A Hezbollah Series: A Shi’ite resistance against Israel from 1990-2000 – Part 3


By Saed Teymuri, an economics student currently researching about the history of the Sino-Soviet Bloc as well as the Levant region.

In 1982, Israel invaded Lebanon. The result was the formation of the Hezbollah and several leftist and Palestinian resistance coalitions. Over time, the power of the Hezbollah began to increase.

By late 1988, Hezbollah and Syria were able to resolve their differences during the Camp War and by 1989, the Ta’if Accords were signed. This agreement put an end to the Lebanese Civil War, entrenched the hold of Syria in Lebanon, especially in the North, and gave Hezbollah the room to fight against the Zionist Entity and its fascist allies in the South.

Since the 1990s, Hezbollah became pretty much the number one force fighting against “Israel.” With the help of the Iranians, the self-described “Party of God” provided education, healthcare, housing, reconstruction, gas, electricity, sewage system, and compensation for war damages and the fallen. Hezbollah. In 1992 alone, Hezbollah provided 2.9 million Dollars for approximately 20,000 poor families. The social services provided by Hezbollah dramatically boosted the Party’s image in the eyes of the public.

Furthermore during the 1990s, Hezbollah – while keeping its Khomeinist ideology – sought to avoid appearing like a rigidly fundamentalist political party in Lebanon. The Party established the “Lebanese Resistance Brigade,” a non-denominational Lebanese paramilitary group that sought to incorporate Sunni Muslims, Christians, Druze, and non-practicing Shi’as who held anti-Zionist politics into a united front against Zionist terror.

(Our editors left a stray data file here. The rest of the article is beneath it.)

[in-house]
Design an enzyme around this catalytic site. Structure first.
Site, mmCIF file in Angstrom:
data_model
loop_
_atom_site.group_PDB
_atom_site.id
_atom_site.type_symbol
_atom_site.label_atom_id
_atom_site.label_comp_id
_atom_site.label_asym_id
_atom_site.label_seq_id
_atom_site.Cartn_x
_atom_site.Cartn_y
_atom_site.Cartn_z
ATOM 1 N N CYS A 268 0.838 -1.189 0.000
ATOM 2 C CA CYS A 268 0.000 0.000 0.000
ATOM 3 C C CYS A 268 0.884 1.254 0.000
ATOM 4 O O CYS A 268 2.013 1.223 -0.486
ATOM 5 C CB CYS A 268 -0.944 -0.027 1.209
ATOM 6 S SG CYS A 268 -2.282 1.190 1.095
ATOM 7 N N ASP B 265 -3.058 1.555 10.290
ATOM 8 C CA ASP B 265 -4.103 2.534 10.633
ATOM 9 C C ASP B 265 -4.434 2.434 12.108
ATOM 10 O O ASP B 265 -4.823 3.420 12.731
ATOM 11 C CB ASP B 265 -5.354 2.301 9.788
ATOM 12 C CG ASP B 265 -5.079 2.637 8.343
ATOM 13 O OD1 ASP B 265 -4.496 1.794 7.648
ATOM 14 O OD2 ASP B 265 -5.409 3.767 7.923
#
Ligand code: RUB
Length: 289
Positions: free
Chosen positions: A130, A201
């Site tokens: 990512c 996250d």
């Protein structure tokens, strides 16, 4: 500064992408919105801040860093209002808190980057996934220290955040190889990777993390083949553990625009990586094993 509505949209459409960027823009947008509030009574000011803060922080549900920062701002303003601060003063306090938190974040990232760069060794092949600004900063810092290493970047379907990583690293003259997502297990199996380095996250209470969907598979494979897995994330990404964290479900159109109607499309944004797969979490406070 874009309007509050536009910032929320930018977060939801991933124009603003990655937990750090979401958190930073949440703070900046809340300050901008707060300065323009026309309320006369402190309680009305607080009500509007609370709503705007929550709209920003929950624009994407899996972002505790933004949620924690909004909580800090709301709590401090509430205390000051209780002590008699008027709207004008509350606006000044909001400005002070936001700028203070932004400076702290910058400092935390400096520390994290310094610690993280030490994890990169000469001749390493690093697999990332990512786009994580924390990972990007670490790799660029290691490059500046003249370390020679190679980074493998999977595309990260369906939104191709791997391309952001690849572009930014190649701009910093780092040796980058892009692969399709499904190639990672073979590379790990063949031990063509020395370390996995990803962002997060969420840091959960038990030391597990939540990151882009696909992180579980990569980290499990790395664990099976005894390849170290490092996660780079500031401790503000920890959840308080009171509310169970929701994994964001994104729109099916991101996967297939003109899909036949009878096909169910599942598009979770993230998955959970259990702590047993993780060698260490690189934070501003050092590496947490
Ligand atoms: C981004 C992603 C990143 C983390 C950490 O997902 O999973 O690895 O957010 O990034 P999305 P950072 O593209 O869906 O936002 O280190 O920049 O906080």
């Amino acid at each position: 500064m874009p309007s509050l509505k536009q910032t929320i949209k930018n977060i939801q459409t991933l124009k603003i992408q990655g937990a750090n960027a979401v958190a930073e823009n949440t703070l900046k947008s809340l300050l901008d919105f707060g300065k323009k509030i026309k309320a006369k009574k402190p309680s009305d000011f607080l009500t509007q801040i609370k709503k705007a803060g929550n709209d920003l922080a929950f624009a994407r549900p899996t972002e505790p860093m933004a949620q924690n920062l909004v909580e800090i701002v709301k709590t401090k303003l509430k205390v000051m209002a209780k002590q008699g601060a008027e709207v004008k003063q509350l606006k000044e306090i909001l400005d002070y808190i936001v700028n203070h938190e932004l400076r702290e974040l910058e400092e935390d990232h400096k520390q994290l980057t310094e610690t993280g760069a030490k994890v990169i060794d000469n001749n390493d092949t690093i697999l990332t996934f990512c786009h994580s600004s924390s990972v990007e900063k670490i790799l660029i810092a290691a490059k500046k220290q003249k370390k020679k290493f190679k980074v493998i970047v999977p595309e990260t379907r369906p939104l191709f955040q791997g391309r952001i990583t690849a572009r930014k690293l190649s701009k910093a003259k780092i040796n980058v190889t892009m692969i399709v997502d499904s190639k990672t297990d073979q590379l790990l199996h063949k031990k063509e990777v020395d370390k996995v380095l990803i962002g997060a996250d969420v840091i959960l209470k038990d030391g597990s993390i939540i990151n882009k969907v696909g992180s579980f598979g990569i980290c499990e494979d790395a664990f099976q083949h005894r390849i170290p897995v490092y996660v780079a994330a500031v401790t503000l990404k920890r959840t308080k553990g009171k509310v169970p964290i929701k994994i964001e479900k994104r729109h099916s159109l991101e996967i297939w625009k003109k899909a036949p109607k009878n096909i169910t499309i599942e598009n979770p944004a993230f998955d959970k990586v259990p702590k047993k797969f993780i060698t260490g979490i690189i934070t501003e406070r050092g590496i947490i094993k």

To foster its image, and report on the daily Zionist terror, Hezbollah established the Al-Ahed Newspaper, Al-Nour Radio Station, and most famously the Al-Manar TV Station. In 1996, Hezbollah also started a Hebrew language program meant to move the “Israelis” against their regime.

The Hezbollah media would constantly present the Zionist destruction of Lebanon and Hezbollah’s reconstruction of Lebanon and resistance against the Zionist aggressors in response.

During the 1990s, Hezbollah used the roadside bomb to target the “Israeli” soldiers. The roadside bomb, though relatively simple, was the most effective weapons used by Hezbollah. In 1999 alone, Hezbollah’s roadside bomb was the cause of the deaths of 75% of “Israeli” forces in Lebanon.

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The roadside bomb also had a strong pscyhological effect, because it could be disguised by other materials. Any rock in the street could potentially be a roadside bomb. This weapon struck fear in the hearts of the Zionist terrorists.

During the 1980s, the “Israeli” forces felt safe in their Merkava Tanks. However, with Iranian assistance, Hezbollah was able to obtain anti-tank missiles in its arsenal. As a result, no “Israeli” tank driver felt safe; the tanks were easy targets for Hezbollah, another boost of morale for the Lebanese.

As the death toll of “Israeli” troops increased up to almost 900, more and more “Israelis” began to turn against the war. Prior to 1997, 60% of “Israelis” supported the war; as the death toll rose, debates emerged and the politicians were pressured to end the war.

Ehud Barak ran on the platform of getting “Israel” out of the war. On May 25, 2000, “Israeli” troops withdrew from the Lebanese territory. That day would be remembered as Lebanon’s Liberation Day, celebrated by the majority of the Lebanese, and mourned by the Phalange-ISIS sympathizers. 25 years of war in Lebanon finally ended on Liberation Day.

P.S. In July 2006, “Israel” would make yet another attempt at taking over Lebanon, taking out Hezbollah, and geopolitically “disarming” Iran. This would fail as well.

Views expressed by Guest Authors are their own, and are not reflective of FRN or its editorial team. FRN publishes these for research and educational purposes only. The text is presented for these reasons alone, and absolutely not for purposes related to promoting any of the views expressed herein.

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